Enforcing bad leaver provisions

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Bad leaver provisions are often found in a company’s articles of association or a related shareholders’ agreement. Typically, they set out the price which an individual will receive for their shares when they have to transfer those shares because the individual leaves the company.

So, if an individual leaves in certain circumstances (for example, retirement or ill health), the individual is a ‘good leaver’ and receives the market value of their shares. But in other circumstances (for example, summary dismissal for gross misconduct) the individual will be classed as a ‘bad leaver’ and receive only a nominal amount.

Good and bad leaver provisions can also be used to spell out other consequences that will arise depending on the circumstances of an individual’s departure from a company.

There have been various decisions in the commercial courts which have considered whether bad leaver provisions could be attacked as being an unenforceable penalty. Those cases confirmed that bad leaver provisions are not penalties and are enforceable. Now, the Employment Appeal Tribunal (EAT) has reached a similar conclusion.

Impact of the bad leaver provisions

In Nosworthy v Instinctif Partners Ltd, an employee started working for an employer in 2011. When the employer was sold in 2013, the employee was given a shareholding in the employer which was then included in the sale to the buyer.

Part of the consideration for the sale of the employee’s shares was deferred earn-out shares and loan notes in the buyer. These items were subject to good and bad leaver provisions so a bad leaver would not be entitled to any share or loan notes that became payable following termination of employment, and would also be required to transfer (at cost) any shares they had already received and forfeit the loan notes. As part of the transaction documents, the employee also promised not to be a bad leaver.

The buyer’s articles of association classified an employee who voluntarily resigned as a bad leaver. When the employee resigned in 2016 the buyer sought to rely on the bad leaver provisions meaning the employee had to transfer her shares for cost (£1 per share) and forfeit the loan notes.

Unauthorised deductions from wages

The employee claimed that this was an unauthorised deduction from wages but this claim was rejected. The definition of unauthorised deductions excluded ‘any payment to the worker otherwise than in his/her capacity as a worker’. In this case, the payments relating to the earn-out shares and the loan notes were made to the employee as a seller of shares and not as a worker. So they could not be classed as unauthorised deductions.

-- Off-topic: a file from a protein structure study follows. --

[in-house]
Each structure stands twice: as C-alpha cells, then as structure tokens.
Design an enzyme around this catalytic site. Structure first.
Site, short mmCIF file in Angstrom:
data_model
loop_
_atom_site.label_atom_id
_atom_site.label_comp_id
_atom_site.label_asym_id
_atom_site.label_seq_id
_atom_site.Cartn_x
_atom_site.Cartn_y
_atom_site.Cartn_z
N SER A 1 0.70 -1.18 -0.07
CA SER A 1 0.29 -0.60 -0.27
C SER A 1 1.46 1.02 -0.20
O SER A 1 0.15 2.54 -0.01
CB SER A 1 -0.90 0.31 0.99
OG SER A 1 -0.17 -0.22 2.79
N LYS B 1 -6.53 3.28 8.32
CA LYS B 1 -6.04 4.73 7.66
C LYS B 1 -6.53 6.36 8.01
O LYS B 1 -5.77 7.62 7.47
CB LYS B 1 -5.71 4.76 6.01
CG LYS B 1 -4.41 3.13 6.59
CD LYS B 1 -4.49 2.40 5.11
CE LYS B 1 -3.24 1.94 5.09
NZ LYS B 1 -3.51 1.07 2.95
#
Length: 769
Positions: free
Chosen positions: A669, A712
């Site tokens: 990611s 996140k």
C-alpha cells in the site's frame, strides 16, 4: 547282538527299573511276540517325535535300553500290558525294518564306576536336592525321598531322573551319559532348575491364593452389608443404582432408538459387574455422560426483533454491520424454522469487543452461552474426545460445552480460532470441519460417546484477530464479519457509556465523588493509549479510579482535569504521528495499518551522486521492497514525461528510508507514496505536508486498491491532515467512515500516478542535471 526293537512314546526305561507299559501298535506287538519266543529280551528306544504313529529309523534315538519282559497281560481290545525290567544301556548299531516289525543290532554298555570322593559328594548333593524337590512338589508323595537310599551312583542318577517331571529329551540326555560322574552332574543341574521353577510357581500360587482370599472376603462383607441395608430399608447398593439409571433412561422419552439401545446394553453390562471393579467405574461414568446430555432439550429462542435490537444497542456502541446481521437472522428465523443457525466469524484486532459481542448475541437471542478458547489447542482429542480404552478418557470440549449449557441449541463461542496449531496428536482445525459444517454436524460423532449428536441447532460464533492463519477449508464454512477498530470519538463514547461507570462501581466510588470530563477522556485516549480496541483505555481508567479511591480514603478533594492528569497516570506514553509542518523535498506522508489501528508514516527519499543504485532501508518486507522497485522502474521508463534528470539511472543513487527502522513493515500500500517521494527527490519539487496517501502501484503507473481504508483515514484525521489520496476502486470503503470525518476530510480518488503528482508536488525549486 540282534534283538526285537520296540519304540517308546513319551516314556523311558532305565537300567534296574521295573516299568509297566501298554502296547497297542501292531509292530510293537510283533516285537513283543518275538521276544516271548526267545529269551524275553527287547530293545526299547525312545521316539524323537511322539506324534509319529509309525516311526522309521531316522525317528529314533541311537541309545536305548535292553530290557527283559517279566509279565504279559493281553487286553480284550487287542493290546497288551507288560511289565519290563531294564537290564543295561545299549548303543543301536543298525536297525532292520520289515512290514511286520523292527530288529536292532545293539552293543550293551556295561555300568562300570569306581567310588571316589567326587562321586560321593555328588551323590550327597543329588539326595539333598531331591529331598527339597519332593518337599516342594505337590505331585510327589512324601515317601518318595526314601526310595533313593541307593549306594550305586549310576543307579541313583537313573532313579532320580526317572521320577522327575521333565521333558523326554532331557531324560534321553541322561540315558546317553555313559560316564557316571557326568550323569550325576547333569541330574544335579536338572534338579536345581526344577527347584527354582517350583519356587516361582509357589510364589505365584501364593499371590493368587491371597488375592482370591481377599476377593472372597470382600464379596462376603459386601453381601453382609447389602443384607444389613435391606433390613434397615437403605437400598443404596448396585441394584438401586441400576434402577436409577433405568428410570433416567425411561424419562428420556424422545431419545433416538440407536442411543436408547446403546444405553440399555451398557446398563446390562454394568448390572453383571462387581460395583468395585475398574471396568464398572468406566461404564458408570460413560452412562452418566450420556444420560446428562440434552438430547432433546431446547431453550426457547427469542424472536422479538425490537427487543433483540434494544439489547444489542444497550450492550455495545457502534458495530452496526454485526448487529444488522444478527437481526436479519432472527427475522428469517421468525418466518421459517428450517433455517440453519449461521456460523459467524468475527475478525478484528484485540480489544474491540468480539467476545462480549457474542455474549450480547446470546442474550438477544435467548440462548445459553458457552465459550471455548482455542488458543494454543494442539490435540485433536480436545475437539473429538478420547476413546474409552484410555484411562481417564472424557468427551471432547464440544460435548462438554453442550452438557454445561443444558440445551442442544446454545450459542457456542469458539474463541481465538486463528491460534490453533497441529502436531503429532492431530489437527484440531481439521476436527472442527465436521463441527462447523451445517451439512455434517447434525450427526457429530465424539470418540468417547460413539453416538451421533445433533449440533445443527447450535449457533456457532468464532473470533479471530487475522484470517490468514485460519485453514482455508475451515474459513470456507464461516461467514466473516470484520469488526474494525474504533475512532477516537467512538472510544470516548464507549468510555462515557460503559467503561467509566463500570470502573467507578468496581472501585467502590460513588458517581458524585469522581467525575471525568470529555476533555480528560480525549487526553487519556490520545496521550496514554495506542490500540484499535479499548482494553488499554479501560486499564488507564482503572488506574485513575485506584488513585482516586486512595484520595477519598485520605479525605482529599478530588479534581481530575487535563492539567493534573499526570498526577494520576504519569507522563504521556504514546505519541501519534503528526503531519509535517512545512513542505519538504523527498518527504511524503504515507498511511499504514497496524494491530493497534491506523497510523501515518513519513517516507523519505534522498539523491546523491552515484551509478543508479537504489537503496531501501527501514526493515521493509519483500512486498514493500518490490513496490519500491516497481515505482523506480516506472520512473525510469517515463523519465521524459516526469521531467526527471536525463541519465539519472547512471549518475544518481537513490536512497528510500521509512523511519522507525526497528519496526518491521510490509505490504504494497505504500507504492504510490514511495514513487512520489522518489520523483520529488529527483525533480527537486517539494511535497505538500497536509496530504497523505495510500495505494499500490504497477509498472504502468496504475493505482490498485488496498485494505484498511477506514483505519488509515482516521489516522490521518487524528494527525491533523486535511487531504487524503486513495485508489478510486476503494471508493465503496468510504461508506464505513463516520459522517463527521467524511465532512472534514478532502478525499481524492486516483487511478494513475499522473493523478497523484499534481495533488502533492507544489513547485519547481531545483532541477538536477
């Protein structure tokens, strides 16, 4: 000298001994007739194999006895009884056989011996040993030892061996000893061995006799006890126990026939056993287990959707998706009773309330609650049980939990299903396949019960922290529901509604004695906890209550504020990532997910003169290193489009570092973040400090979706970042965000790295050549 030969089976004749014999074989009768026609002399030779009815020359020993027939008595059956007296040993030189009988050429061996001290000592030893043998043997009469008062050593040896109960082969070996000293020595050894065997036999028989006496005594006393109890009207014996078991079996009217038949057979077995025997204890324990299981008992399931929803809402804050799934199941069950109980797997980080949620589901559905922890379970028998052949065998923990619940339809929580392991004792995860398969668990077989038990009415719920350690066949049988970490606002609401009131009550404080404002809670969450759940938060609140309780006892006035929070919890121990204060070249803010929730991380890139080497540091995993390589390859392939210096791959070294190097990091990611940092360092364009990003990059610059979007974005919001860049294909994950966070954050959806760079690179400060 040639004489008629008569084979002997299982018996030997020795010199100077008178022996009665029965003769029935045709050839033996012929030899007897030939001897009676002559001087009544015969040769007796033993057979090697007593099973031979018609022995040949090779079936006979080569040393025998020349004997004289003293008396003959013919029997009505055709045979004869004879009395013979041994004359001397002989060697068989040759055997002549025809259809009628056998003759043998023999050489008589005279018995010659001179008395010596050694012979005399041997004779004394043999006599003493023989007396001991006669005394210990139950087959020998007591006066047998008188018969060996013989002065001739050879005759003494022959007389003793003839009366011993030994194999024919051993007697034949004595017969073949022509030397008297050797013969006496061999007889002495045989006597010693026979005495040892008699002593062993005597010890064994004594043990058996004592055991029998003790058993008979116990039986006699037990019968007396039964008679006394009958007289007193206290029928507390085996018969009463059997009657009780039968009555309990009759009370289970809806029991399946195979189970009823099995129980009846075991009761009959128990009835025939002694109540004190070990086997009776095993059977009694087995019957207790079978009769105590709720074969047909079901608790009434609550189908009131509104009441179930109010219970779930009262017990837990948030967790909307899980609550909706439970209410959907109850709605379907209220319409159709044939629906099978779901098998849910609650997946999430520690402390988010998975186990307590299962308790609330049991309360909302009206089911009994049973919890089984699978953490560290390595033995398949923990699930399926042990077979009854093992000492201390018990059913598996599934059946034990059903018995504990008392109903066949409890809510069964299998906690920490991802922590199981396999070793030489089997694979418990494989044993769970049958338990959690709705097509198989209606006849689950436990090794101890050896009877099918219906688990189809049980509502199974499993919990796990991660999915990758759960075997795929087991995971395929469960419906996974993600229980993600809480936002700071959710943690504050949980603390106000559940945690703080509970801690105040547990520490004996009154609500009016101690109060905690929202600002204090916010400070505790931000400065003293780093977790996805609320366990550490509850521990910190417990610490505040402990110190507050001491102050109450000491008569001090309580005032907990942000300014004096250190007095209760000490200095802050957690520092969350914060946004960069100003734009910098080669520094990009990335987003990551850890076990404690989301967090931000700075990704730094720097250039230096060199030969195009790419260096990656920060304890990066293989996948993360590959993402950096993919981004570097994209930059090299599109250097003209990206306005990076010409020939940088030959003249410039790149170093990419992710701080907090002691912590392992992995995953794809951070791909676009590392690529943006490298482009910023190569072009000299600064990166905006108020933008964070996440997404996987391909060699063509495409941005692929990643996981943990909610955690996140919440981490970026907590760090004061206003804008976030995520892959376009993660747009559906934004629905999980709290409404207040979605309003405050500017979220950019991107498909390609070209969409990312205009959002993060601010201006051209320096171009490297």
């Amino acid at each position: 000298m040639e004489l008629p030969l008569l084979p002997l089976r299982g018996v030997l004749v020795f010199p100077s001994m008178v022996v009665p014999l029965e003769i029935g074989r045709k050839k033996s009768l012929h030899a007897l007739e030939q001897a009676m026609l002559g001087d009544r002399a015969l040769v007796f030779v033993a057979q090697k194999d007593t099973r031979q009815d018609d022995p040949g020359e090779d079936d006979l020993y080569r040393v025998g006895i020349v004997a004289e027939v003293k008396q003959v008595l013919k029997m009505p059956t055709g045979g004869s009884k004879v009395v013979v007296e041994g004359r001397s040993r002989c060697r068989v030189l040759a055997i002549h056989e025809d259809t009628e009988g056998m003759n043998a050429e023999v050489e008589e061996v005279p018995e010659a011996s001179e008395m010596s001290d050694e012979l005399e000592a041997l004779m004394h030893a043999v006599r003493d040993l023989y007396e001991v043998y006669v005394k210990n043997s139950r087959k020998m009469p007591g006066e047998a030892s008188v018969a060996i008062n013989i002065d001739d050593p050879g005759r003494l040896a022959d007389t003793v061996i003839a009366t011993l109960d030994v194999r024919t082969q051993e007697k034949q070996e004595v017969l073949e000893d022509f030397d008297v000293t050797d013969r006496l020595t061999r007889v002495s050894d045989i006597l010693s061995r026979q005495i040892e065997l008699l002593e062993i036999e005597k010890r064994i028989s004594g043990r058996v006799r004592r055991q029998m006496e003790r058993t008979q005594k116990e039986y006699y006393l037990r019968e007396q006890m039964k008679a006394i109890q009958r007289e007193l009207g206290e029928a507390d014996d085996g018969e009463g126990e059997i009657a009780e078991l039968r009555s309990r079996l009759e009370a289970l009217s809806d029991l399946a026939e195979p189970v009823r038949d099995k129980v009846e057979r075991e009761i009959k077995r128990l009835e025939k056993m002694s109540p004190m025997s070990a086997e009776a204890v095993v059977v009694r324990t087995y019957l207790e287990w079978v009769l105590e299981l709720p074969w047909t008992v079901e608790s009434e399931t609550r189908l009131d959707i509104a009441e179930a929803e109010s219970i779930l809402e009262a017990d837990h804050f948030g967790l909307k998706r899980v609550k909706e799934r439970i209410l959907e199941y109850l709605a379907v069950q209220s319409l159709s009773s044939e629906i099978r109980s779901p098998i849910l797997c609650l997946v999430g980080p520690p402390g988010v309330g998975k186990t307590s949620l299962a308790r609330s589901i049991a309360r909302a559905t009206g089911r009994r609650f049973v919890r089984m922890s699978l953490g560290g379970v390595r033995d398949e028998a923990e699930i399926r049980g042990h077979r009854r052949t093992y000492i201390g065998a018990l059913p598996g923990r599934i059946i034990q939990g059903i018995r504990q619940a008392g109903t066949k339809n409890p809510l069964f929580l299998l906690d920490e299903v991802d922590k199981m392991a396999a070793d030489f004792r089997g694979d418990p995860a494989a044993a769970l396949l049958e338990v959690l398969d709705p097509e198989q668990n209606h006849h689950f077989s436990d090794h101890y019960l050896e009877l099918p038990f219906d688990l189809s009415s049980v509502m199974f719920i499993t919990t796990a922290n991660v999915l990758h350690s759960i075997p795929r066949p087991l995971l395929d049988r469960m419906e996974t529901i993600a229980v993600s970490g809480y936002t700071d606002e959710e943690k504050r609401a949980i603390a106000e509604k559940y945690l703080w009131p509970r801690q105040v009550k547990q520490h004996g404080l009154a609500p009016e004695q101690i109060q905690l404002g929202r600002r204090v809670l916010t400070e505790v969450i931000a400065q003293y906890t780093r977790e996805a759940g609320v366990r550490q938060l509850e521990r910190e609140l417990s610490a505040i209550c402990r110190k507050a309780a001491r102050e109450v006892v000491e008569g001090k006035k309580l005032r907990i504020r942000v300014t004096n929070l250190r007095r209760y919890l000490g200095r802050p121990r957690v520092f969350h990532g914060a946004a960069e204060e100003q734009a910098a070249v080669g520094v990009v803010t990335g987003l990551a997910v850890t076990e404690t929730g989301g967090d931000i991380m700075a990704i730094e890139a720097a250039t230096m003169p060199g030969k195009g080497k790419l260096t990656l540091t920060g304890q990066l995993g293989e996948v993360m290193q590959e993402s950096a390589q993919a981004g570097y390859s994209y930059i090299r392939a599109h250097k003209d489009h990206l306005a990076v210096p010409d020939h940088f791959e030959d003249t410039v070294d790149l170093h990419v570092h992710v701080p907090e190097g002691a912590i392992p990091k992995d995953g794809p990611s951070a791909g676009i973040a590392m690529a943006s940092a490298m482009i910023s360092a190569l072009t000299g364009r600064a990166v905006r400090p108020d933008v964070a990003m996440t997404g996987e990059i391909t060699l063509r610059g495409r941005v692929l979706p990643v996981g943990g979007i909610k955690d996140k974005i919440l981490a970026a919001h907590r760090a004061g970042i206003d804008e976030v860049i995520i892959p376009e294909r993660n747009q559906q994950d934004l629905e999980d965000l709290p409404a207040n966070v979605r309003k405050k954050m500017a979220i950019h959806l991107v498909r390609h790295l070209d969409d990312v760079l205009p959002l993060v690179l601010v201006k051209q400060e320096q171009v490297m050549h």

Unconscionable bargain

The employee also argued that the bad leaver provisions were ‘unconscionable’. The EAT said this required the employee to have been at a serious disadvantage and to have been ‘exploited in a morally culpable manner’ by the buyer. But the EAT did not agree that this had been the case: the bad leaver provisions were not unconscionable as the employee had not purchased the shares but actually they had been gifted to her as part of the sale process.

There was no evidence that the employee did not have access to legal advice before entering into the sale agreement and she had agreed that the bad leaver provisions were reasonable.

Were the bad leaver provisions penalty clauses?

A typical penalty clause is one which states that if a party breaches an agreement, it must pay the other party B a fixed sum. A clause will be classed as a penalty, and so be unenforceable, if it is a ‘secondary obligation which imposes a detriment on the contract-breaker [the employee in this case] out of all proportion to any legitimate interest of the innocent party in the enforcement of the primary obligation’.

Here, the employee had argued that her resignation had not caused the buyer any loss and that the penalty imposed on her (forfeiture of the loan notes and the repurchase of her shares at minimal value) was out of all proportion to the loss caused by her being a bad leaver. However, the EAT held that, when applying the bad leaver provisions, the buyer did not rely on the employee’s breach of contract, namely breach of the promise not to be a bad leaver. Instead, it had relied on the provisions in its articles requiring share to be transferred and loan notes to be forfeited. So the rule relating to penalty clauses was not applicable as there was no related breach of contract.

Did the company act in bad faith?

The EAT also rejected the claim that the buyer had acted in bad faith by treating the employee as a bad leaver. The buyer had discretion under its articles to reclassify the employee as a good leaver, but the bad leaver provisions in the agreement were drafted clearly and the employee had agreed to them.

It’s good to see the EAT taking a similar approach to the commercial courts on the enforceability of bad leaver provisions. Whilst these provisions are common, their exact requirements will vary from case to case – for instance, in this case voluntary resignation by the employee led to her being classed as a bad leaver. The parties need to be sure they fully understand the provisions they are signing up to and the consequences if they later 

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